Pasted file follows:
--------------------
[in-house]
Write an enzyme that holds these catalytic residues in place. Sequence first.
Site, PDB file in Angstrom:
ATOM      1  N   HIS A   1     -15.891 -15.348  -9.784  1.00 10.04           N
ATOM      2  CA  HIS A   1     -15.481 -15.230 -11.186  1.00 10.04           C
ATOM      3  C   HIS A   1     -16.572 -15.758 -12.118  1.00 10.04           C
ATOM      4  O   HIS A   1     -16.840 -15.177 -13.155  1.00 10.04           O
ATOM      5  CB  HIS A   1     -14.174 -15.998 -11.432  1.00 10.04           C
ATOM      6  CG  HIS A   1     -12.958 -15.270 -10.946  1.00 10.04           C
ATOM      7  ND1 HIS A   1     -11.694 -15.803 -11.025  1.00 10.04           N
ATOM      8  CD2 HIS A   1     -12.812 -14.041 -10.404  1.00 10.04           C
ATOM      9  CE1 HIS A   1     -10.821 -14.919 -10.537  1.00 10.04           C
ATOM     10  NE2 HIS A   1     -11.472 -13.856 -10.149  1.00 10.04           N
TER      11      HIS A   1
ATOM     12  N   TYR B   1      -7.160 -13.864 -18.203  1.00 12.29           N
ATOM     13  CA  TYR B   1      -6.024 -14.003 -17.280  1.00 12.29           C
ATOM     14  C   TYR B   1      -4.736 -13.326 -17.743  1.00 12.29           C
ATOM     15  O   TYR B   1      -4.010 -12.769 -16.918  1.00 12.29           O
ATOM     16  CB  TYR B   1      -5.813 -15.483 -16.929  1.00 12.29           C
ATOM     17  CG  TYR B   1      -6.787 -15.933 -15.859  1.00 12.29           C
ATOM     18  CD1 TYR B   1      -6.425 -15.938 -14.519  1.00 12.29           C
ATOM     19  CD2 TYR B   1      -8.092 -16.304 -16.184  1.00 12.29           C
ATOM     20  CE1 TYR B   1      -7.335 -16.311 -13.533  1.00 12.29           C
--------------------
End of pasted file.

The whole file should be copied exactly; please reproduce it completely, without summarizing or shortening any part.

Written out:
[in-house]
Write an enzyme that holds these catalytic residues in place. Sequence first.
Site, PDB file in Angstrom:
ATOM      1  N   HIS A   1     -15.891 -15.348  -9.784  1.00 10.04           N
ATOM      2  CA  HIS A   1     -15.481 -15.230 -11.186  1.00 10.04           C
ATOM      3  C   HIS A   1     -16.572 -15.758 -12.118  1.00 10.04           C
ATOM      4  O   HIS A   1     -16.840 -15.177 -13.155  1.00 10.04           O
ATOM      5  CB  HIS A   1     -14.174 -15.998 -11.432  1.00 10.04           C
ATOM      6  CG  HIS A   1     -12.958 -15.270 -10.946  1.00 10.04           C
ATOM      7  ND1 HIS A   1     -11.694 -15.803 -11.025  1.00 10.04           N
ATOM      8  CD2 HIS A   1     -12.812 -14.041 -10.404  1.00 10.04           C
ATOM      9  CE1 HIS A   1     -10.821 -14.919 -10.537  1.00 10.04           C
ATOM     10  NE2 HIS A   1     -11.472 -13.856 -10.149  1.00 10.04           N
TER      11      HIS A   1
ATOM     12  N   TYR B   1      -7.160 -13.864 -18.203  1.00 12.29           N
ATOM     13  CA  TYR B   1      -6.024 -14.003 -17.280  1.00 12.29           C
ATOM     14  C   TYR B   1      -4.736 -13.326 -17.743  1.00 12.29           C
ATOM     15  O   TYR B   1      -4.010 -12.769 -16.918  1.00 12.29           O
ATOM     16  CB  TYR B   1      -5.813 -15.483 -16.929  1.00 12.29           C
ATOM     17  CG  TYR B   1      -6.787 -15.933 -15.859  1.00 12.29           C
ATOM     18  CD1 TYR B   1      -6.425 -15.938 -14.519  1.00 12.29           C
ATOM     19  CD2 TYR B   1      -8.092 -16.304 -16.184  1.00 12.29           C
ATOM     20  CE1 TYR B   1      -7.335 -16.311 -13.533  1.00 12.29           C